The SFR business line—which includes property inspections, renovations, ongoing maintenance and tenant turnovers—has grown quickly. In May 2023, MCS served 45 percent of the top 20 SFR owners. By early this year, market share had jumped to 70 percent.

“We have a really great business development team, and they’ve really been building a lot of relationships, and it just continues to grow,” Torrance told CPE.

In 2022, MCS established regional self-performing service centers, facilities with project management and service tech teams to support its growing client base. Now with 25 service centers, the hybrid model combines local partners with the company’s expertise and use of technology to maximize efficiencies, ensure transparency, enhance quality control and improve code compliance.

MCS also provides inspection services in many of its markets, and has continued to add more service centers. The goal is to add more licensed trades, like plumbers and HVAC techs, and continue the expansion. MCS already has self-performing service centers in Phoenix and Tucson, Ariz.; Dallas, Houston, Austin and San Antonio, Texas; Denver; Minneapolis; Chicago; Atlanta; Las Vegas; Orlando, Jacksonville and Tampa, Fla.; Nashville and Memphis, Tenn.; and Columbus, Ohio.

Image courtesy of MCS
Image courtesy of MCS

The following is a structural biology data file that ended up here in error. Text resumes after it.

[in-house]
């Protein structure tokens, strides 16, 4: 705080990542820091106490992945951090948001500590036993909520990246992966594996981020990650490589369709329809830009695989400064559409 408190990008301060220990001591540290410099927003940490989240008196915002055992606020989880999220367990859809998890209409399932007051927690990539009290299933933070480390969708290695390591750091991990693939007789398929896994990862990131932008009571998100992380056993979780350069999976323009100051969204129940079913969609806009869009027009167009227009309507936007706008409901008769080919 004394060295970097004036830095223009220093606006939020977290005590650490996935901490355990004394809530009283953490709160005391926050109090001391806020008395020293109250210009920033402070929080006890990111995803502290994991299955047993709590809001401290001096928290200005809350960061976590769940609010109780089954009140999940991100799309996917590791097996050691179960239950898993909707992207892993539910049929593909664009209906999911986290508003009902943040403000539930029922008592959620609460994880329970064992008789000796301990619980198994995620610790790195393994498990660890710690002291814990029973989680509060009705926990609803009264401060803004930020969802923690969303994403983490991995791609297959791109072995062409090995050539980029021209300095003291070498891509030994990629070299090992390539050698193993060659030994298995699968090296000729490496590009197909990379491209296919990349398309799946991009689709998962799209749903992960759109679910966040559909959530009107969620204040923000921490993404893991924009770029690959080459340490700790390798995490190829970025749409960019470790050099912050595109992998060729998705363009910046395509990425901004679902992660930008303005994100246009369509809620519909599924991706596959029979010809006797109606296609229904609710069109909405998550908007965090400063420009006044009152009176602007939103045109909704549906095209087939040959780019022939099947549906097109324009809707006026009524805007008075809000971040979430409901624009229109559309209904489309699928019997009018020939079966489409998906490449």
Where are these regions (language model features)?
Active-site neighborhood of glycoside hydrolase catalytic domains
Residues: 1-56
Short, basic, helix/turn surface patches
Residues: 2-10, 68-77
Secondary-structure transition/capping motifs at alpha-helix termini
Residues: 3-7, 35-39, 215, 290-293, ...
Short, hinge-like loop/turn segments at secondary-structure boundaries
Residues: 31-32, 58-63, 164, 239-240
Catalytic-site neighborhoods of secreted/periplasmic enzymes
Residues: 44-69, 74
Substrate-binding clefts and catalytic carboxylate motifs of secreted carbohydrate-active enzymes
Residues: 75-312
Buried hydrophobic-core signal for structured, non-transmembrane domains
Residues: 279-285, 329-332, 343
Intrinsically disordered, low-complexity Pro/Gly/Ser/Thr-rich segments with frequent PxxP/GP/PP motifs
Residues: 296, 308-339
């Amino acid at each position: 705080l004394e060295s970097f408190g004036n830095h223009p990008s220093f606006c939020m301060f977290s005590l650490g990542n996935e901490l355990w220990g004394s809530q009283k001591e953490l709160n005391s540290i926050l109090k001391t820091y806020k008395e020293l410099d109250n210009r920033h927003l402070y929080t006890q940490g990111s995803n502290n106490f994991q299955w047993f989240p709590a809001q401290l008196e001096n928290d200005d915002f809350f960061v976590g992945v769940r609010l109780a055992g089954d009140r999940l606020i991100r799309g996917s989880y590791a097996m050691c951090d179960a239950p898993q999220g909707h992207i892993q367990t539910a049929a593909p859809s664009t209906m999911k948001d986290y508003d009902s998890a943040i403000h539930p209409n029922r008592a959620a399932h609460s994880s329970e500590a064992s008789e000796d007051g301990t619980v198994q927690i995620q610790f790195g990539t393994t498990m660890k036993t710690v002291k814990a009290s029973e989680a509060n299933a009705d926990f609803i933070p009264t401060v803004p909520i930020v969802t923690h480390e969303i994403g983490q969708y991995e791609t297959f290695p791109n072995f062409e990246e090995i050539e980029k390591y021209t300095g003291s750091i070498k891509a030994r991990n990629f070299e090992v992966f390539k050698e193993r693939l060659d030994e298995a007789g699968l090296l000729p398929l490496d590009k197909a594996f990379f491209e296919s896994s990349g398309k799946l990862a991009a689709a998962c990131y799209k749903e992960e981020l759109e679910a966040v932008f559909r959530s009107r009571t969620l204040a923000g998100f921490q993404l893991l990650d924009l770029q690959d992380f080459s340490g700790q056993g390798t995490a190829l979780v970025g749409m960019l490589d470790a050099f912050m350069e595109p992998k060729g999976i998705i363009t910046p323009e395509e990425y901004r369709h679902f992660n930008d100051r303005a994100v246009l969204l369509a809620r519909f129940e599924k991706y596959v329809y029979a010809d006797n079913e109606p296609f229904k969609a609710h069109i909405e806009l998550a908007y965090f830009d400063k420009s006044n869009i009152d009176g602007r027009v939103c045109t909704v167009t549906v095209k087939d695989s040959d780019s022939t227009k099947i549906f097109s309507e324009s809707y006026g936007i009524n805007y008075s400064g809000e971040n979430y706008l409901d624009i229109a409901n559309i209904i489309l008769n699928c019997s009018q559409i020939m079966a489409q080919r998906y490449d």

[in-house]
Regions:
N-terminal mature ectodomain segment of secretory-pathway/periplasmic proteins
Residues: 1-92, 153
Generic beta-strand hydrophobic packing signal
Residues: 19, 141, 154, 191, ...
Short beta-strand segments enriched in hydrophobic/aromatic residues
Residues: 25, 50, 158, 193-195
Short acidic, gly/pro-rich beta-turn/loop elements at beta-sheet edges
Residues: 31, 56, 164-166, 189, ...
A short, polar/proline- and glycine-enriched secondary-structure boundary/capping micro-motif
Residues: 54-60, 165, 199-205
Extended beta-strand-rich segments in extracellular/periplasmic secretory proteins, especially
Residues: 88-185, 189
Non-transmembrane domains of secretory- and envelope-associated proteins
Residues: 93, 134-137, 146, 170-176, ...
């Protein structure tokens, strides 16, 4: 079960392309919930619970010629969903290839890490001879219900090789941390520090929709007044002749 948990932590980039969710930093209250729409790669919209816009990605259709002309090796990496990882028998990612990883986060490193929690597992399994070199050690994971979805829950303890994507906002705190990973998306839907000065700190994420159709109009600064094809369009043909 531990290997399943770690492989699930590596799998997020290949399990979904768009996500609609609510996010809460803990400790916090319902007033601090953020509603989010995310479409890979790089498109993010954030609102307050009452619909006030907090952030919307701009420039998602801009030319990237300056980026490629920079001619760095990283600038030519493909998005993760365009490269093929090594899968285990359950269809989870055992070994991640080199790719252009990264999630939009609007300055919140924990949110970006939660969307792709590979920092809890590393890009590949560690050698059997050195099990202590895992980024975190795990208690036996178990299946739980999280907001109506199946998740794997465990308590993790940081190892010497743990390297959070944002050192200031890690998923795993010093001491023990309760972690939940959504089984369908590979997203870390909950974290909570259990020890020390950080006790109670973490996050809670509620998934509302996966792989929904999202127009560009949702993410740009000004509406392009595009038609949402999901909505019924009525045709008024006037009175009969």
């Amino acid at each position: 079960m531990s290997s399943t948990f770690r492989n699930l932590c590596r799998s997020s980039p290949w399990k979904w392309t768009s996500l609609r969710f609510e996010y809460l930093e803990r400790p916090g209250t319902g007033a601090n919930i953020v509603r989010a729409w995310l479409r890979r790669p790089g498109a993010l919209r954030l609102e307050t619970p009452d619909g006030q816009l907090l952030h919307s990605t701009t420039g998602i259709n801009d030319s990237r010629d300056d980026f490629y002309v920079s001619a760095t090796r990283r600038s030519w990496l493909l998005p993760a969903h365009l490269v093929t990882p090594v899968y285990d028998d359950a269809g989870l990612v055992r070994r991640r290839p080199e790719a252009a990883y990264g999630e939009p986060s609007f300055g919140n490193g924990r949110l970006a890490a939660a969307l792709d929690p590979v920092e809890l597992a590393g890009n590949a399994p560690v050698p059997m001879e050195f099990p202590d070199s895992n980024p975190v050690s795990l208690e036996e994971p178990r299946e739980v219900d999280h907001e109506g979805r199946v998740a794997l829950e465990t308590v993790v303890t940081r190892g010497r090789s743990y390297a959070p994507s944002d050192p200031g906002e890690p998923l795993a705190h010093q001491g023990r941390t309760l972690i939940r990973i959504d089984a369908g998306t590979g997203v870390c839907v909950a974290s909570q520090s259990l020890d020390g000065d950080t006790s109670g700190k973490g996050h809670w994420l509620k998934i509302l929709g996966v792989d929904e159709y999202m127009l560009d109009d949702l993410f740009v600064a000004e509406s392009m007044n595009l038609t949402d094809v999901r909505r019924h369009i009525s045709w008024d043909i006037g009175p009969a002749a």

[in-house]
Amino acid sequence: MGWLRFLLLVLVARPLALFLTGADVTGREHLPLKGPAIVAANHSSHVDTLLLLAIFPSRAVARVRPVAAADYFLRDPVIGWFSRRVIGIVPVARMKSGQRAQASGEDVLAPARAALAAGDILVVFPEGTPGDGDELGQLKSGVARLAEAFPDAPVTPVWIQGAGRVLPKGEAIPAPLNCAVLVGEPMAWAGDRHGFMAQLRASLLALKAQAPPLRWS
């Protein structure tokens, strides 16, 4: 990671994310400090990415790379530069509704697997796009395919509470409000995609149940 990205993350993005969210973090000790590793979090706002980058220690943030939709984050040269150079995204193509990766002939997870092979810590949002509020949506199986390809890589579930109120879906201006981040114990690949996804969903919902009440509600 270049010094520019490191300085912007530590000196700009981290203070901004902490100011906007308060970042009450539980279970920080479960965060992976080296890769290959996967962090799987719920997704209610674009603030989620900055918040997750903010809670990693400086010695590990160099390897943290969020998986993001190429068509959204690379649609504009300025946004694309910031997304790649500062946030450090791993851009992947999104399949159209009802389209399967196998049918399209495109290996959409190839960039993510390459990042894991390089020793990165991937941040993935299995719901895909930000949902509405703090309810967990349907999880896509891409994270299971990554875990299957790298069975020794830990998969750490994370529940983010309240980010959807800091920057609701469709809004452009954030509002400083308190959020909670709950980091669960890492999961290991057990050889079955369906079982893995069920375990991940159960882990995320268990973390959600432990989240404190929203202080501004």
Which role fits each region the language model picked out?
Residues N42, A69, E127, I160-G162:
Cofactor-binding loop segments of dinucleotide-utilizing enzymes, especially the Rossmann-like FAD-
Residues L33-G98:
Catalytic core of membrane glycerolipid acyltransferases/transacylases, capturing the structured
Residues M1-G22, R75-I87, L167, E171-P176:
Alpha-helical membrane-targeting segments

MCS, Torrance said, will open service centers where customers request them, which is what happened last year in Memphis and will occur this year with a facility in Albuquerque, N.M. Other sites eyed for expansion over the next 18 months include North Carolina, South Carolina, the Northeast and the Pacific Northwest, he said.

The company boosted its facilities service offerings to commercial customers in 2023, when it acquired a leading national commercial facilities services firm, Chain Store Maintenance. Services added include handyman, electrical, locksmith and plumbing. The acquisition also brought more than 30,000 new third-party service vendors to the MCS network, providing more support for its SFR and property preservation clients across the U.S. Starting this year, all commercial facilities maintenance services will be marketed under Chain Store Maintenance – an MCS Company.

Also last year, MCS expanded SHINEscapes, a commercial landscaping company serving Dallas-Fort Worth businesses. Plans call for more Sun Belt growth. Last year also saw MCS enter the direct-to-consumer home remodeling service with a pilot in Phoenix that was successful and will be expanded in 2024.

This year, MCS wants to provide more facility maintenance services at U.S. government properties, Torrance said.

The company is already servicing more than 1.6 million properties a year through its network of more than 30,000 certified service partners and plans for more growth. Asked if MCS has secured its longevity, Torrance compared the different business lines to threads that have been twisted into a single rope.

“If one thread is weak or struggling, then all the other threads are going to pull the business along,” he said. “That’s what makes us strong. That’s what ultimately future-proofs the business.”

Read the March 2024 issue of CPE.